Internet Code

In July 2019, the Canadian Radio-television and Telecommunications Commission (CRTC) created the Internet Code, a mandatory code of conduct that applies to large Internet service providers (including all of their brands and affiliates that provide Internet services) and to all retail fixed Internet access services (including, cable, fibre, DSL, fixed wireless, and satellite services). Mobile wireless Internet services, such as those provided through turbo hubs and data sticks, are covered by the Wireless Code.

At the request of the CRTC, the CCTS administers the Internet Code. This means that the CCTS applies the Code of Conduct to resolve complaints it receives from internet customers, and also tracks and reports on violations of the Code.

The Internet Code applies to the following Internet Service Providers and their related Internet brands and affiliates:

Bell Canada 

  • Acanac
  • Bell Aliant
  • Bell MTS
  • Cablevision
  • Distributel
  • Dryden Municipal Telephone System (DMTS)
  • EBOX
  • Kenora Municipal Telephone System (KMTS)
  • Maskatel
  • Northerntel
  • Northwestel
  • Ontera
  • Primus
  • Télébec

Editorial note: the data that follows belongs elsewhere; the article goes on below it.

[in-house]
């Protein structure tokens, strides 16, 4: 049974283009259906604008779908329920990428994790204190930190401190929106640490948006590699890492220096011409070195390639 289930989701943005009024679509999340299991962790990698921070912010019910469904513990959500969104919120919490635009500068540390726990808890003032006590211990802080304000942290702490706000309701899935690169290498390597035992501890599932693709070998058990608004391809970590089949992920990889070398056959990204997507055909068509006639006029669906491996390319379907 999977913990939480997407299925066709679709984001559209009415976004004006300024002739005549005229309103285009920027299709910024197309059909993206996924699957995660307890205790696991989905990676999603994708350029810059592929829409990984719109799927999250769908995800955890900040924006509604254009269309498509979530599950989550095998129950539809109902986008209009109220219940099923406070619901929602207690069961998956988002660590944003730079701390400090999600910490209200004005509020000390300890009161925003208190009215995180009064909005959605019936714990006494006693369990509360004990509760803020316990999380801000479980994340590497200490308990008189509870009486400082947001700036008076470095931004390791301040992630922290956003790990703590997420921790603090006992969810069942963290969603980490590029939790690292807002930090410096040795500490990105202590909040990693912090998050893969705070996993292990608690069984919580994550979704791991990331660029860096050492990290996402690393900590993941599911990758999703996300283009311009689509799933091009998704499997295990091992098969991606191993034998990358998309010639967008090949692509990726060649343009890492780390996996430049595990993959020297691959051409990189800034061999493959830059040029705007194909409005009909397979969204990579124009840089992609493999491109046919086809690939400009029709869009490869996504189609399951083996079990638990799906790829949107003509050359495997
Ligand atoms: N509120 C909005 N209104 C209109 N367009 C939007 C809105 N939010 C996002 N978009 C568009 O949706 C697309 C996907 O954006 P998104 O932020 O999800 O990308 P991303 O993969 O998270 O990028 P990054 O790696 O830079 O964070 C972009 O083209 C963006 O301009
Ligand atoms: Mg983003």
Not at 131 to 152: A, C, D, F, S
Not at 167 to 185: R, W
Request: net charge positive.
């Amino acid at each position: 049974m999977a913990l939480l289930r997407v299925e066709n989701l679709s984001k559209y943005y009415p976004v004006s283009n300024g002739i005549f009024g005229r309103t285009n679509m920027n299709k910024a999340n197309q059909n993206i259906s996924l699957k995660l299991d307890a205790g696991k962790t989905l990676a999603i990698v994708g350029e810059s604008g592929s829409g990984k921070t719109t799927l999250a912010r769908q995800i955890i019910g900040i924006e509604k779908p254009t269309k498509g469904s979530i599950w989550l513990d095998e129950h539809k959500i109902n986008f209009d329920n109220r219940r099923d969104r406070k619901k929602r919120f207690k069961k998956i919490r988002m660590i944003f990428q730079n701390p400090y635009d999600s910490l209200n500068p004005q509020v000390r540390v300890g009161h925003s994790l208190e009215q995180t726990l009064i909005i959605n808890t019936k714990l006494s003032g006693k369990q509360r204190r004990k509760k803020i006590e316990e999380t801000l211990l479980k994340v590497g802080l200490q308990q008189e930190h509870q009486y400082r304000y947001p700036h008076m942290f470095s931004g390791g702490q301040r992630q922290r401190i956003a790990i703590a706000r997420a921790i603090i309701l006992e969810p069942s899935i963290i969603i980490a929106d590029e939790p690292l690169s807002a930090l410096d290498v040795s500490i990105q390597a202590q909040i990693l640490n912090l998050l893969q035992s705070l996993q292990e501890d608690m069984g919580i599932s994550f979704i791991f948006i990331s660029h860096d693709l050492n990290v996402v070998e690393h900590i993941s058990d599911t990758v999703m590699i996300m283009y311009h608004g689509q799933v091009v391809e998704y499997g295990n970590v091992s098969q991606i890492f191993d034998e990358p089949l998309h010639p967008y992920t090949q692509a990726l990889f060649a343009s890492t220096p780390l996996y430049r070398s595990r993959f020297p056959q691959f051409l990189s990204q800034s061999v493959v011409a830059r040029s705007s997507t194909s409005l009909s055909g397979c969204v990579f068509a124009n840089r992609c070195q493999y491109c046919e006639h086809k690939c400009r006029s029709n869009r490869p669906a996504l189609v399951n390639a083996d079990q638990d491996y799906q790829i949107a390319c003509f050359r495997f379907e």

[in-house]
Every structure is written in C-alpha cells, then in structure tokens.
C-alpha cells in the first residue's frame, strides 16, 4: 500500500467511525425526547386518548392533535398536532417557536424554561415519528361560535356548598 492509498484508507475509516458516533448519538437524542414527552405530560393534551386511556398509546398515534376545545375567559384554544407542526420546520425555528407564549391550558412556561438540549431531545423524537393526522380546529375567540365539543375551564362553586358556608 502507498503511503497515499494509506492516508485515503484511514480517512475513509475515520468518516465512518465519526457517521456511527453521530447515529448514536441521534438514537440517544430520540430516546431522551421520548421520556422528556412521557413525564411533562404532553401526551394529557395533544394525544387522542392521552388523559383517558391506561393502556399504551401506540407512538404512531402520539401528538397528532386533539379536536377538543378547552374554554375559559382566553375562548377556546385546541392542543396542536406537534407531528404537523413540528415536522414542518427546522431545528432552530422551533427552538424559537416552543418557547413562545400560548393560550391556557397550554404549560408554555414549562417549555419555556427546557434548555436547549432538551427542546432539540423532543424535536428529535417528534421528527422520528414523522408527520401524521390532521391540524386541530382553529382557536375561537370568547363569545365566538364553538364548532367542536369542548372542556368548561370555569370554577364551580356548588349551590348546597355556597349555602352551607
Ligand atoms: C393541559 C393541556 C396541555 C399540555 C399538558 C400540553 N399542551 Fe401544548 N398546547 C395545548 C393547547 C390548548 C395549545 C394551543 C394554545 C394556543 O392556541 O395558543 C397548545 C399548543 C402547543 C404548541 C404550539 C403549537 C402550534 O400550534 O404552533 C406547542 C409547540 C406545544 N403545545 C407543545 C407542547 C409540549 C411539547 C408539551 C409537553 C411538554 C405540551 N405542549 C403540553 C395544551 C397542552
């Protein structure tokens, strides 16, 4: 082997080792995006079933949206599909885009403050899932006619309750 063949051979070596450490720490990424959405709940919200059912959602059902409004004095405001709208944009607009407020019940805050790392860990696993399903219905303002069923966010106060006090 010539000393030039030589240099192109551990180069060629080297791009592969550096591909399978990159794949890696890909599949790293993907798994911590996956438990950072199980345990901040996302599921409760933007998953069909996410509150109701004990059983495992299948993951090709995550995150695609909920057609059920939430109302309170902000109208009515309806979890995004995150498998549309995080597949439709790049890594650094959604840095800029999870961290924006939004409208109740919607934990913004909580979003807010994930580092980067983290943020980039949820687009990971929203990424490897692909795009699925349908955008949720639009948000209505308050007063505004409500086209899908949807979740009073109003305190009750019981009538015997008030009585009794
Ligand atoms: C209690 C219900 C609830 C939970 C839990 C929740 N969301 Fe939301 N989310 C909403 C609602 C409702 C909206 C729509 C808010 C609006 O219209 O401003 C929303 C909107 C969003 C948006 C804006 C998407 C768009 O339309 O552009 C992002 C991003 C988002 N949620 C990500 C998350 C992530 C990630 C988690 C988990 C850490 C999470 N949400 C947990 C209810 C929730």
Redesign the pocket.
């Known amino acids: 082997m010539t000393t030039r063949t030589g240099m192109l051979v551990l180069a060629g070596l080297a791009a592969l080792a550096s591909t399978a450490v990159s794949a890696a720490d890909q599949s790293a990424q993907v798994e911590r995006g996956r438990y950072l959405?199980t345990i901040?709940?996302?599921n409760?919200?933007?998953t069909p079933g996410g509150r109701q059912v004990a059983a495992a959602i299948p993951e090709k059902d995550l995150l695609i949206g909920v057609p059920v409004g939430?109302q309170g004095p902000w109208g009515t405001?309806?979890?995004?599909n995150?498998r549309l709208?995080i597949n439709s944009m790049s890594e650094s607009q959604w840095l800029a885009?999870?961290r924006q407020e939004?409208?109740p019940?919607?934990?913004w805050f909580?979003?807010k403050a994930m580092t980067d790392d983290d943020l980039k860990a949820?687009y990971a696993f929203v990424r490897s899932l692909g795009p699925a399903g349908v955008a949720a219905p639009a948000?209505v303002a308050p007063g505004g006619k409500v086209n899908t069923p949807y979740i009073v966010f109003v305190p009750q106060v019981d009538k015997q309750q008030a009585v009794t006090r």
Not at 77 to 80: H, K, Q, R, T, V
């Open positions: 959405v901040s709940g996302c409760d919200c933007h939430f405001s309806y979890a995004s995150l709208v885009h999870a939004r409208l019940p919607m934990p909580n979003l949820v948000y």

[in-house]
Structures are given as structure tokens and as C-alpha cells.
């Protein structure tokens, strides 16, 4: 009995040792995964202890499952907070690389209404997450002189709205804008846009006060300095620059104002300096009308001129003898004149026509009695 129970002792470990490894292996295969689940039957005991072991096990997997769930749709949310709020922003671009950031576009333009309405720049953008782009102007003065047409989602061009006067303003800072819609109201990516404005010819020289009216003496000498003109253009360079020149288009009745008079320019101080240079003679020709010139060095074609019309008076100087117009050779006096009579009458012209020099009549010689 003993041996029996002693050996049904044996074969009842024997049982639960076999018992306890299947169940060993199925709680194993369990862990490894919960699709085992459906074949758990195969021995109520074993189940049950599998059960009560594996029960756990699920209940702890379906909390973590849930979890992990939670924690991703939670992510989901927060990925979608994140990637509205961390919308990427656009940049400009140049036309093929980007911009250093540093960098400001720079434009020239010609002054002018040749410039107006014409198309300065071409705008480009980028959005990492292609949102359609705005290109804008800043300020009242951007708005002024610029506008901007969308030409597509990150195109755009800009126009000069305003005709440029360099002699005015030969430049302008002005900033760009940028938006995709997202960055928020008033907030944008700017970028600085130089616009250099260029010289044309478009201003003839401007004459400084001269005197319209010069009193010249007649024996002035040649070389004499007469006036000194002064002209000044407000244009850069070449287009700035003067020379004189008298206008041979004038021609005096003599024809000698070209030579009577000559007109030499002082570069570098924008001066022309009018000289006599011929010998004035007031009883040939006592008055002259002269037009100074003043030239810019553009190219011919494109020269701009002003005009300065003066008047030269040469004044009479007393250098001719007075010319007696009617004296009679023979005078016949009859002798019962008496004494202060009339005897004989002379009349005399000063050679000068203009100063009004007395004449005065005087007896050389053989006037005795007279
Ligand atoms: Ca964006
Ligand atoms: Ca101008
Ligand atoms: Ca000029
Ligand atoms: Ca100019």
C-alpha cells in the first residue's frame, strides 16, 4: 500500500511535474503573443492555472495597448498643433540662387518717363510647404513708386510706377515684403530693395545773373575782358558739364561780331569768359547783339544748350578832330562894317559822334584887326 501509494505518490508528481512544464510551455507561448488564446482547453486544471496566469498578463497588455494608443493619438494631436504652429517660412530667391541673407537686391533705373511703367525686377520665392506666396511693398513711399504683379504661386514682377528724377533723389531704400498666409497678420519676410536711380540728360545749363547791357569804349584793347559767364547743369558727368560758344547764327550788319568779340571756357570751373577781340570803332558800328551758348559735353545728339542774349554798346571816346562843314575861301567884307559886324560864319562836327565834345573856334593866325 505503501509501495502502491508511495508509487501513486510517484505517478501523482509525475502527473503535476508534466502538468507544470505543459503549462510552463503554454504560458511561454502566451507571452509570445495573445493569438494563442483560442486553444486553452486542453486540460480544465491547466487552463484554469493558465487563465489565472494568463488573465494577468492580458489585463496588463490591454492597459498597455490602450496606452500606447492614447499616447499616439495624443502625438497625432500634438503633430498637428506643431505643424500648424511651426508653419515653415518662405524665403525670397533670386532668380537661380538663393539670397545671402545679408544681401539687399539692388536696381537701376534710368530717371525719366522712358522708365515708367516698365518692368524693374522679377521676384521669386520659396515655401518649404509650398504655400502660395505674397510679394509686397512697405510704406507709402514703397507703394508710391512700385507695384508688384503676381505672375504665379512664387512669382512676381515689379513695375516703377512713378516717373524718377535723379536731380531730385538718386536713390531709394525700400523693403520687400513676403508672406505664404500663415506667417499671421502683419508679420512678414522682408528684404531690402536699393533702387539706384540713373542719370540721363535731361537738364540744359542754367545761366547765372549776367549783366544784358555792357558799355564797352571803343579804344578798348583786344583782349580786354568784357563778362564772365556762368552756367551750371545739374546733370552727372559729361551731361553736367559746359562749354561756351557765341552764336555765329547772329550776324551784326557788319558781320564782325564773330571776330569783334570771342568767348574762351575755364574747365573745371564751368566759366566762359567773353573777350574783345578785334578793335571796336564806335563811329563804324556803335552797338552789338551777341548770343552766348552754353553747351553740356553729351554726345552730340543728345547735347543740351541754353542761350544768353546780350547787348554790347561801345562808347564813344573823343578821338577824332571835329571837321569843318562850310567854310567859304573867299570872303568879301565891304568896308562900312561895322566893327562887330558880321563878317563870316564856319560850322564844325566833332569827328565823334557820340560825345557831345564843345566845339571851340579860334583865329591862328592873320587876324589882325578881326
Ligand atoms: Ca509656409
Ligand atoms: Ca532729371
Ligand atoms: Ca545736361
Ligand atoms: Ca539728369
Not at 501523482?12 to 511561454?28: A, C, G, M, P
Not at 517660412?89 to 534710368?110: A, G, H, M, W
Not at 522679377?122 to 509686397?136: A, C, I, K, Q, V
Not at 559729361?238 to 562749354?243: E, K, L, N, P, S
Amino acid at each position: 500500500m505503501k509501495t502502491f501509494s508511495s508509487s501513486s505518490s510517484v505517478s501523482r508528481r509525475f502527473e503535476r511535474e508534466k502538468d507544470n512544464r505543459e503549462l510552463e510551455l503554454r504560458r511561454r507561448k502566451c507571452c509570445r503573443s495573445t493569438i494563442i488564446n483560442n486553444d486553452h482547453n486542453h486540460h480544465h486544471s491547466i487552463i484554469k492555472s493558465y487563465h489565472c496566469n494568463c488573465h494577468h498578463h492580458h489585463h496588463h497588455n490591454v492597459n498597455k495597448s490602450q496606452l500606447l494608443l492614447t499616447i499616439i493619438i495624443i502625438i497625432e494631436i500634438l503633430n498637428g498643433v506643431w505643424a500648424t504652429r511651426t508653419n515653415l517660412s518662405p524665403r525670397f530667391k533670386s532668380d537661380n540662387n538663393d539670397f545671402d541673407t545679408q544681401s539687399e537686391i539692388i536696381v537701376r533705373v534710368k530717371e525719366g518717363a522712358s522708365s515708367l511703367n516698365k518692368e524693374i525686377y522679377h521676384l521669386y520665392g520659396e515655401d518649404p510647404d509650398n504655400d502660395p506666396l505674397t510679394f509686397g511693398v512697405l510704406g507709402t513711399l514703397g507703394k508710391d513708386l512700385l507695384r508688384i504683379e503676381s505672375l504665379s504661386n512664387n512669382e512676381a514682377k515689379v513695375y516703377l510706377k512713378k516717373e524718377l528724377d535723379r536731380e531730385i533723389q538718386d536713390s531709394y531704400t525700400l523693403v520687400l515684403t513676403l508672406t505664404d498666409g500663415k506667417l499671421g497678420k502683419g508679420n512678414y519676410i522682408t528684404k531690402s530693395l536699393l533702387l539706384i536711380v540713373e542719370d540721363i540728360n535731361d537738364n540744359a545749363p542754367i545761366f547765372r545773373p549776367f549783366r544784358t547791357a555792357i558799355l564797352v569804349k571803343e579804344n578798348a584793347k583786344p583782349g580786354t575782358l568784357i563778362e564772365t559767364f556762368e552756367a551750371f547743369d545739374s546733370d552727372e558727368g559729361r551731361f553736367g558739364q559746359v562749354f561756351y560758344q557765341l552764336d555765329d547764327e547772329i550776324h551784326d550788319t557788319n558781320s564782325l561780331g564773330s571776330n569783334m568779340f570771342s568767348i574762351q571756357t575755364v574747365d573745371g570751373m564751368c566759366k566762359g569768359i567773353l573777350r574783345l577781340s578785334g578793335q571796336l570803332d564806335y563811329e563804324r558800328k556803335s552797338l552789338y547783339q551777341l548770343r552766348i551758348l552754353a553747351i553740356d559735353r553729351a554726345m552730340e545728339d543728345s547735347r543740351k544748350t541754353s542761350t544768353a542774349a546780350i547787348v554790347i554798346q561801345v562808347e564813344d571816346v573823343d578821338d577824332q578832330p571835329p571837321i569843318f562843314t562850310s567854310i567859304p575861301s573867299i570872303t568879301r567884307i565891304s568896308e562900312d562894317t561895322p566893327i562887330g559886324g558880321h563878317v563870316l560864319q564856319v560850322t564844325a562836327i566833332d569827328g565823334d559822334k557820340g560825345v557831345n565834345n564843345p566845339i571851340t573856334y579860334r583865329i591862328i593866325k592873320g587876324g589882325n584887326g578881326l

• Télécommunications Xittel
  • Téléphone de Saint-Victor
  • Téléphone de St-Éphrem
  • ThinkTel
  • Virgin Plus

Cogeco Connexion Inc.

  • Oxio


  • Amtelecom Limited Partnership
  • Coast Cable
  • Delta Cable
  • K-Right Communications Inc.
  • People’s Tel Limited Partnership
  • Persona Communications Inc.


  • Cable Cable Inc.
  • Compton Communications
  • Comwave
  • Cross Country TV
  • Fido
  • Kincardine Group
  • KWIC Internet
  • RuralWave
  • Seaside Communications Powered by Rogers
  • Seaside Wireless Communications Powered by Rogers
  • Shaw Communications
  • Source Cable



  • ABC Communications
  • Altima Telecom
  • GTA Telecom
  • Mascon Cable


  • Fizz
  • Freedom Mobile
  • VMedia


  • Metro Loop

The Internet Code applies to individual customers only. The Code does not apply to small business customers, but they can still file complaints with the CCTS if they have billing, contract, service delivery or credit management disputes with their internet service providers.

As explained in the CRTC’s detailed regulatory policy, the goal of the Internet Code is to make it easier for individual customers to understand their Internet service contracts, to prevent bill shock from overage fees and price increases, and to make it easier for Canadians to switch Internet service providers.

The Internet Code helps customers by requiring internet services providers to:

  • Provide customers with clearer information about prices, service bundles, promotions and time-limited discounts
  • Notify customers when they approach their data-usage limits and include the price of the internet plan in the agreement as a key contract term, which may not change during the commitment period, to reduce bill shock
  • Collaborate other service providers on the production of sign-language videos (ASL and LSQ)
  • Offer trial periods that will make it easier to switch providers and take advantage of competitive offers

*Some Northwestel internet services are subject to rate regulation. Customers may forward their complaint to the CRTC.